Cairo’s Cool Art Hub Darb 1718 Got Bulldozed with Valuable Art Inside

Cairo’s Cool Art. Man, it’s a bummer! Darb 1718, this awesome contemporary arts spot in Cairo, got wreck on January 6, and folks in the art scene are majorly bummed. They spilled the tea on Instagram, saying they’re super sad and kinda piss about their spot getting torn down without any heads up or compensation.

Cairo’s Cool Art: No Heads Up, No Payback

The Insta post spilled the deets – the main building of Darb 1718, a place that’s been a home for all sorts of artists, got demolish out of the blue. It’s a historic spot, and the fact that it got wiped out without any warning or moolah in return is seriously mess up. The post called it a reminder of how Cairo’s history and vibe are under constant threat, with communities getting the boot without a second thought.

Widening Highways and City Makeovers

So, why’d they smash it? Well, the authorities said they needed to widen a highway. Cairo’s going through a major glow-up, thanks to President Abdel Fattah el-Sisi. They’re trying to modernize the packed city and drop a fresh $59 billion capital in the desert. They’ve already thrown up over 4,000 miles of new roads, 900 tunnels, and bridges. But, this whole development gig is taking out whole neighborhoods and beloved spots like Darb 1718.

Darb 1718’s Wild Ride Through Urban Changes

Darb 1718’s drama started last August when the government started tearing down places in the ancient Fustat area – a spot where a bunch of old-school crafty folks live. Moataz Nasreldin, the brains behind Darb 1718, spilled the beans back then, saying the government told him they’re squashing the art center for a fancy highway. Then, in September, they kicked everyone out and closed the place.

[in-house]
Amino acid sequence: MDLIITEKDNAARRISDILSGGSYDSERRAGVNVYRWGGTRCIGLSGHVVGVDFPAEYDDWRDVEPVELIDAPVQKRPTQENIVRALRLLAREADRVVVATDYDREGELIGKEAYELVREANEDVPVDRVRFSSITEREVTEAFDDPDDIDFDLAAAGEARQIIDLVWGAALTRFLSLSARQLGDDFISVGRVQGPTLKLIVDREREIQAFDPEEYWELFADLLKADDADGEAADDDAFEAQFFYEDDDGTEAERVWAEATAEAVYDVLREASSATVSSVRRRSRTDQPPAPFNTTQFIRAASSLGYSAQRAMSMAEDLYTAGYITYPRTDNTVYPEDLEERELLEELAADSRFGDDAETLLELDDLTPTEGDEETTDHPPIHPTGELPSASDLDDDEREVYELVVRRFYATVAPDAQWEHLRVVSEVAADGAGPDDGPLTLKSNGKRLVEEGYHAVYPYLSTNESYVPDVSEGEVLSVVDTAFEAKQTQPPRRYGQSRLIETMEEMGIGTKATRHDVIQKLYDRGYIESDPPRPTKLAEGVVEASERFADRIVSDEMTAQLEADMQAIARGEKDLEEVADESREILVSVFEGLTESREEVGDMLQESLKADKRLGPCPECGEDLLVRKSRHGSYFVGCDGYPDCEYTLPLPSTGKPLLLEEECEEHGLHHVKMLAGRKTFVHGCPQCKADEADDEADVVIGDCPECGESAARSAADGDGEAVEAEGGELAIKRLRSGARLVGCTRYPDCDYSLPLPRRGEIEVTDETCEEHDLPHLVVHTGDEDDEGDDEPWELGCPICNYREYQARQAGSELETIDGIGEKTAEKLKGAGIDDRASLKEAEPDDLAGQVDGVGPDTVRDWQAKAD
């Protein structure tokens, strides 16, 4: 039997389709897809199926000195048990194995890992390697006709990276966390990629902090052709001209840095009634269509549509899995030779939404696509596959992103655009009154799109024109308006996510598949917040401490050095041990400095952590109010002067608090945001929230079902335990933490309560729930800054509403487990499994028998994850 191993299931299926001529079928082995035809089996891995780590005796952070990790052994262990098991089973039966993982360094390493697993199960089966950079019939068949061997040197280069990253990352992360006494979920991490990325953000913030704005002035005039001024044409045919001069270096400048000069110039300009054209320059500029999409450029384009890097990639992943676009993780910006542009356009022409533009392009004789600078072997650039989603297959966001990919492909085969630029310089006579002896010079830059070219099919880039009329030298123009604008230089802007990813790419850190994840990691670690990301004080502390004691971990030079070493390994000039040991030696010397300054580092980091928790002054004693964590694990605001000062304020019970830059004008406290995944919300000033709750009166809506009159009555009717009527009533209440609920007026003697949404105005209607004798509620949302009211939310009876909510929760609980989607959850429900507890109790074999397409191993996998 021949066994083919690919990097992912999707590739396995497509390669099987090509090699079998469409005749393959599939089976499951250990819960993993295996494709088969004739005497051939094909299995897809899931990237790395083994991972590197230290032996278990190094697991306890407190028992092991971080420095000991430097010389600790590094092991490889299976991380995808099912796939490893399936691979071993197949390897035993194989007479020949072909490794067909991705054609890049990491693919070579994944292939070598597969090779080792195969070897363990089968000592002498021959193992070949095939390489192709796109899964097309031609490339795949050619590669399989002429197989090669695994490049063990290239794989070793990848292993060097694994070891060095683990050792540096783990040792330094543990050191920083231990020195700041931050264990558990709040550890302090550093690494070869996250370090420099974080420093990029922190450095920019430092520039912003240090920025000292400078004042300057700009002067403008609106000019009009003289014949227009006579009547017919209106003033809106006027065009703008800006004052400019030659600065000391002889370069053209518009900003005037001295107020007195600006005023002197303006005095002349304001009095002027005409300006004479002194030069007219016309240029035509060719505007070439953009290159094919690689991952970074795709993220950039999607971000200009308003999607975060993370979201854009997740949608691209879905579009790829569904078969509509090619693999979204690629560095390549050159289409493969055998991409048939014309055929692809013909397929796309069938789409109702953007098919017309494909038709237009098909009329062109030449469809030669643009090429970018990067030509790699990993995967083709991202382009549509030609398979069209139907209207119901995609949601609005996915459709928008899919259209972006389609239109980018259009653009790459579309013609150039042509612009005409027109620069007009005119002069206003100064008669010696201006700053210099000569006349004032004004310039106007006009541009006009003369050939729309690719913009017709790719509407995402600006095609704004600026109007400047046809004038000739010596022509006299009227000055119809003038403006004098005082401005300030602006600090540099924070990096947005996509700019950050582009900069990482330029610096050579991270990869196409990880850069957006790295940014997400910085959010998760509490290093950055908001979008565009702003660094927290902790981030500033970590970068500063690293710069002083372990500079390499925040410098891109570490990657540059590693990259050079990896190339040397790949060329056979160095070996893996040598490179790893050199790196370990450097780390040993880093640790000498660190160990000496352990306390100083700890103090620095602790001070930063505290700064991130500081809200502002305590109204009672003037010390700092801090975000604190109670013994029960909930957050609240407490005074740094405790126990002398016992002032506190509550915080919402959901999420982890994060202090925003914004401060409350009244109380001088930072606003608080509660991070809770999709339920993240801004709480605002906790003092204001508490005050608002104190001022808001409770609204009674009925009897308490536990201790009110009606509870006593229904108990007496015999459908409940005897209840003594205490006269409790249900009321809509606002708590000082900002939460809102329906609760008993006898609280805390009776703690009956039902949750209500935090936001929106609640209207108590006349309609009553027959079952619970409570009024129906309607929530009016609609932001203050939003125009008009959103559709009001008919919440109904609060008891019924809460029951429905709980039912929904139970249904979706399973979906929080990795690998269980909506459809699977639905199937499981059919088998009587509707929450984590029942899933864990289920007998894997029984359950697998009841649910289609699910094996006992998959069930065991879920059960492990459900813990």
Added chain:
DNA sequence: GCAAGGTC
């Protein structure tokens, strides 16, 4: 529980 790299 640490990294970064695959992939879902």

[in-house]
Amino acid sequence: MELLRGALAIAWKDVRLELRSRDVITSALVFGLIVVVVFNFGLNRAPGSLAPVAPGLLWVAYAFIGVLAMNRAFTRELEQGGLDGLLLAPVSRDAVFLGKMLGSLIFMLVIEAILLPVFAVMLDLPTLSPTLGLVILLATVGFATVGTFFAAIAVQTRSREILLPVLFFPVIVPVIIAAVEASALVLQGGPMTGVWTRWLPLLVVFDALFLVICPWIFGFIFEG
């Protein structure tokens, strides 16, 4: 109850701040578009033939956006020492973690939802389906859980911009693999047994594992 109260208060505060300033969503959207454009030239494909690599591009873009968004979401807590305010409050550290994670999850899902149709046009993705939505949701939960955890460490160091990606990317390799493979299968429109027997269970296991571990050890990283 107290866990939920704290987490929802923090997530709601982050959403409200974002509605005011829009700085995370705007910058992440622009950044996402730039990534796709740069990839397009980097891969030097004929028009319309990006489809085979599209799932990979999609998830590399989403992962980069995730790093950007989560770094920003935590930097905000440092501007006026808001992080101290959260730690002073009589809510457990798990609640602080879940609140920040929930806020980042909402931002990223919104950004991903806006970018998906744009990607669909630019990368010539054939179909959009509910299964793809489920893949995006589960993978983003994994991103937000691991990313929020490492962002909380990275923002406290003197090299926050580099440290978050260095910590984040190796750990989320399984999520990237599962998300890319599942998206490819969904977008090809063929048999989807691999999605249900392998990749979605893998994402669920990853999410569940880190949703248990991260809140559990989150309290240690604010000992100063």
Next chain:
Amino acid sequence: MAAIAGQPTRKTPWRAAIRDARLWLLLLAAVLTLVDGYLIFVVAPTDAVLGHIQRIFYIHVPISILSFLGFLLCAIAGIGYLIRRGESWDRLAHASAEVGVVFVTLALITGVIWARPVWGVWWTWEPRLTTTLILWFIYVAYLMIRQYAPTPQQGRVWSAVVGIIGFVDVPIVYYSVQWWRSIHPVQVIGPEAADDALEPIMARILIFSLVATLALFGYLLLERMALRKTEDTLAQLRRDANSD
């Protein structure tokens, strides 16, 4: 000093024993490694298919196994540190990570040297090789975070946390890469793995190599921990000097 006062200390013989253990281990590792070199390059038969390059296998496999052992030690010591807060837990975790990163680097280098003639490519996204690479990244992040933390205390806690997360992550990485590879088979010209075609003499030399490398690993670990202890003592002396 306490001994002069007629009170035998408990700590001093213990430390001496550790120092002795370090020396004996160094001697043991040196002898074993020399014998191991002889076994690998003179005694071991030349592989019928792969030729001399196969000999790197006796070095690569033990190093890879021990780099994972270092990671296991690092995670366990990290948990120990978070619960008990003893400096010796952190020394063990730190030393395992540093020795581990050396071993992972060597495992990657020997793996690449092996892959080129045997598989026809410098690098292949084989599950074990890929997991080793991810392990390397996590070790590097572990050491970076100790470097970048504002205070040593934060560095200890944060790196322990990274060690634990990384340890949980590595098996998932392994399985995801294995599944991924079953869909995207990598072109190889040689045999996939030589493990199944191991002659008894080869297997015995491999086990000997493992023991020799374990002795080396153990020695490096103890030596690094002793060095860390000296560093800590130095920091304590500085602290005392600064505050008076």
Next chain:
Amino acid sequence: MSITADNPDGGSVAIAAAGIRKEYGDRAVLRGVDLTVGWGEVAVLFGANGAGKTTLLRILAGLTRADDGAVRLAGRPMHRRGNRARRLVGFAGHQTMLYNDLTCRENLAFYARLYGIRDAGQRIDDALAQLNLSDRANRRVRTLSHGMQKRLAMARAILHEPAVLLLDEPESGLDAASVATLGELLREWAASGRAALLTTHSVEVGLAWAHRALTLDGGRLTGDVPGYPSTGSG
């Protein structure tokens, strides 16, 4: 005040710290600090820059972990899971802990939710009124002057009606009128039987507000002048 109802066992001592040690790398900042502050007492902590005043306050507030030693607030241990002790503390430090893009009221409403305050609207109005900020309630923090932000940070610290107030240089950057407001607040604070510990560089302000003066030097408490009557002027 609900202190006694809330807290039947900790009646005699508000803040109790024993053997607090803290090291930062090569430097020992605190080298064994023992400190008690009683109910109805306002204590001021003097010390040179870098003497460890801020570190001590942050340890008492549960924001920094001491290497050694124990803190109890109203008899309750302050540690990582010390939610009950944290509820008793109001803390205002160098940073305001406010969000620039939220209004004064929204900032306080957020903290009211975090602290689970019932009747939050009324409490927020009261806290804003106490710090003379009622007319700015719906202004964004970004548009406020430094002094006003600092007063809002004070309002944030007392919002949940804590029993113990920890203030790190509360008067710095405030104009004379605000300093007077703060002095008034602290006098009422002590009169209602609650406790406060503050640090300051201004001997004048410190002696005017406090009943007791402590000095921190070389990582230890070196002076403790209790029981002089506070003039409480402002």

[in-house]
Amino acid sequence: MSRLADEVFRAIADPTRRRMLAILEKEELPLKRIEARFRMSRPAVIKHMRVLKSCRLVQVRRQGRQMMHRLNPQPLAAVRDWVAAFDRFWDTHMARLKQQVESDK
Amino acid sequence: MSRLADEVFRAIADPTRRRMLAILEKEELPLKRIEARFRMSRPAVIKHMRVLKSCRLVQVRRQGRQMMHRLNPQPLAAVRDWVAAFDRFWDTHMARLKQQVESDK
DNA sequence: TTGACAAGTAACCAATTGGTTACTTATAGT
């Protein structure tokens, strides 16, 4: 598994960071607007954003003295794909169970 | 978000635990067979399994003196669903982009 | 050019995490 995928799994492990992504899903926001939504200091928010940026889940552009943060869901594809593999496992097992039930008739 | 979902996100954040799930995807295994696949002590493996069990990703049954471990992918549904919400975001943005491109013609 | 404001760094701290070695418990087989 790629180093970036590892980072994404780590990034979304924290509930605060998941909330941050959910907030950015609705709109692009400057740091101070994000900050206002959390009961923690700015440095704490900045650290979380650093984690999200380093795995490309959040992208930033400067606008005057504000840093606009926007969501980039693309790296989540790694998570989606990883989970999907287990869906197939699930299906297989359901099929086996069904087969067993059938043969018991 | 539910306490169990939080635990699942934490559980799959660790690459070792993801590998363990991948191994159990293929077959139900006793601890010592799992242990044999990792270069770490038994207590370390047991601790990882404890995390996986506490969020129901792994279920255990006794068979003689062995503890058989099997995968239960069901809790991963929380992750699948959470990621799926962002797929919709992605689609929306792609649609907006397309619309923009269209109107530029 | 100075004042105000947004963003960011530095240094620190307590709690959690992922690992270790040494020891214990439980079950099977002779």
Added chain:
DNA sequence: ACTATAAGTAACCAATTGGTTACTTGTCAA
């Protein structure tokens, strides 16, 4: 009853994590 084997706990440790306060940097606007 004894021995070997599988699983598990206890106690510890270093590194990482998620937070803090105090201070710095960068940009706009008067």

This spot’s been around for 16 years, throwing cool events like exhibitions and concerts. They named it after the “bread riots” in 1977. It a sweet haven for artists until it got the wrecking ball.

Losing Art and Taking Heat

Cairo’s Cool Art. On top of everything, Nasreldin went on a talk show and spilled that the demolition trashed works by 150 foreign artists worth millions. The bulldozers didn’t spare the exhibition hall and two workshops, causing a ton of damage.

Even Lamis Elhadidy, a big-shot Egyptian TV host who usually has the government’s back, had some rare criticism. She straight-up said, “We hate our history and our old Cairo. We want a city that will be nothing but roads, asphalt, bridges.”

The loss of Darb 1718 is not just about a building; it’s about losing a rad cultural spot and part of Cairo’s vibe. It’s got people thinking about how cities can change without wiping out the good stuff.